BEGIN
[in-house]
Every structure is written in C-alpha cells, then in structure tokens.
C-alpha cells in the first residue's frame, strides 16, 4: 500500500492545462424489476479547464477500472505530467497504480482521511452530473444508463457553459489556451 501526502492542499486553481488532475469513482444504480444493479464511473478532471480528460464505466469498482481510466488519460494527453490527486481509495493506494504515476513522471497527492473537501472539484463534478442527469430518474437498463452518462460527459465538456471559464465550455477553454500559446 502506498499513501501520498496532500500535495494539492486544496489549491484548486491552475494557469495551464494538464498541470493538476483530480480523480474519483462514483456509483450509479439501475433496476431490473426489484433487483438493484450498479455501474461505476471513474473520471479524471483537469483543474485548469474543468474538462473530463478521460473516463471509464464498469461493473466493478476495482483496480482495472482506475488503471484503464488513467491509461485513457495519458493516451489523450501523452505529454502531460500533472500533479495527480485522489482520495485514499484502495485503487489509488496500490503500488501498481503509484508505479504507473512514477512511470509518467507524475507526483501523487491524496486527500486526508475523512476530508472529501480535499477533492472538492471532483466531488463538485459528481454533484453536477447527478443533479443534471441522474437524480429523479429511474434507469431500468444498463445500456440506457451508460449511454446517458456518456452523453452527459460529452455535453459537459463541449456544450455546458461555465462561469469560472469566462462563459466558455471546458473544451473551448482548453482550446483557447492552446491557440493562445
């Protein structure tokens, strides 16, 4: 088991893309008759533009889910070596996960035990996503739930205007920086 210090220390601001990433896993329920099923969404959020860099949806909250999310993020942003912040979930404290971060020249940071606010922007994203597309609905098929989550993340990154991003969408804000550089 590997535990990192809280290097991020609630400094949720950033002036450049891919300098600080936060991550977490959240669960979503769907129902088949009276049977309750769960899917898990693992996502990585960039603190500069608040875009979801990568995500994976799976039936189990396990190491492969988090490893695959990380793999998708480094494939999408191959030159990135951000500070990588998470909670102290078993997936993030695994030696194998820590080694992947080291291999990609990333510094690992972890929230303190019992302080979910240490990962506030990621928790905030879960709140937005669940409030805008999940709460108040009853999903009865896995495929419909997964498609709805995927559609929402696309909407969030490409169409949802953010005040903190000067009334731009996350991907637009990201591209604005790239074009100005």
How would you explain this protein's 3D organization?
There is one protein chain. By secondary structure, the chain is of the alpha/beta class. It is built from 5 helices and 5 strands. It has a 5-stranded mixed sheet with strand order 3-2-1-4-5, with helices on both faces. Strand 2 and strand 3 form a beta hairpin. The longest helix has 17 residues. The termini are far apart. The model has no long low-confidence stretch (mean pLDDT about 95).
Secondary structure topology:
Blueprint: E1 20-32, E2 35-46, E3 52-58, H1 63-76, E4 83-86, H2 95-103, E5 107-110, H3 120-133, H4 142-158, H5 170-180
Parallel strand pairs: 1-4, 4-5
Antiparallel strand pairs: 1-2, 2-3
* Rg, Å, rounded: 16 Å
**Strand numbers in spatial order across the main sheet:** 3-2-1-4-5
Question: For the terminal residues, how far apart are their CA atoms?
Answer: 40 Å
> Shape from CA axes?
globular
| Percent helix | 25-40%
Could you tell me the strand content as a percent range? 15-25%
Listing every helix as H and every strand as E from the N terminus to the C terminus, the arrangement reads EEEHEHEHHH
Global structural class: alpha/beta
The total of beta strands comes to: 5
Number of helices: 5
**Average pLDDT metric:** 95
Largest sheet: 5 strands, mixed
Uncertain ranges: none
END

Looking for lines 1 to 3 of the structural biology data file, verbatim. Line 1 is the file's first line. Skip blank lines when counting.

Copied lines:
[in-house]
Every structure is written in C-alpha cells, then in structure tokens.
C-alpha cells in the first residue's frame, strides 16, 4: 500500500492545462424489476479547464477500472505530467497504480482521511452530473444508463457553459489556451 501526502492542499486553481488532475469513482444504480444493479464511473478532471480528460464505466469498482481510466488519460494527453490527486481509495493506494504515476513522471497527492473537501472539484463534478442527469430518474437498463452518462460527459465538456471559464465550455477553454500559446 502506498499513501501520498496532500500535495494539492486544496489549491484548486491552475494557469495551464494538464498541470493538476483530480480523480474519483462514483456509483450509479439501475433496476431490473426489484433487483438493484450498479455501474461505476471513474473520471479524471483537469483543474485548469474543468474538462473530463478521460473516463471509464464498469461493473466493478476495482483496480482495472482506475488503471484503464488513467491509461485513457495519458493516451489523450501523452505529454502531460500533472500533479495527480485522489482520495485514499484502495485503487489509488496500490503500488501498481503509484508505479504507473512514477512511470509518467507524475507526483501523487491524496486527500486526508475523512476530508472529501480535499477533492472538492471532483466531488463538485459528481454533484453536477447527478443533479443534471441522474437524480429523479429511474434507469431500468444498463445500456440506457451508460449511454446517458456518456452523453452527459460529452455535453459537459463541449456544450455546458461555465462561469469560472469566462462563459466558455471546458473544451473551448482548453482550446483557447492552446491557440493562445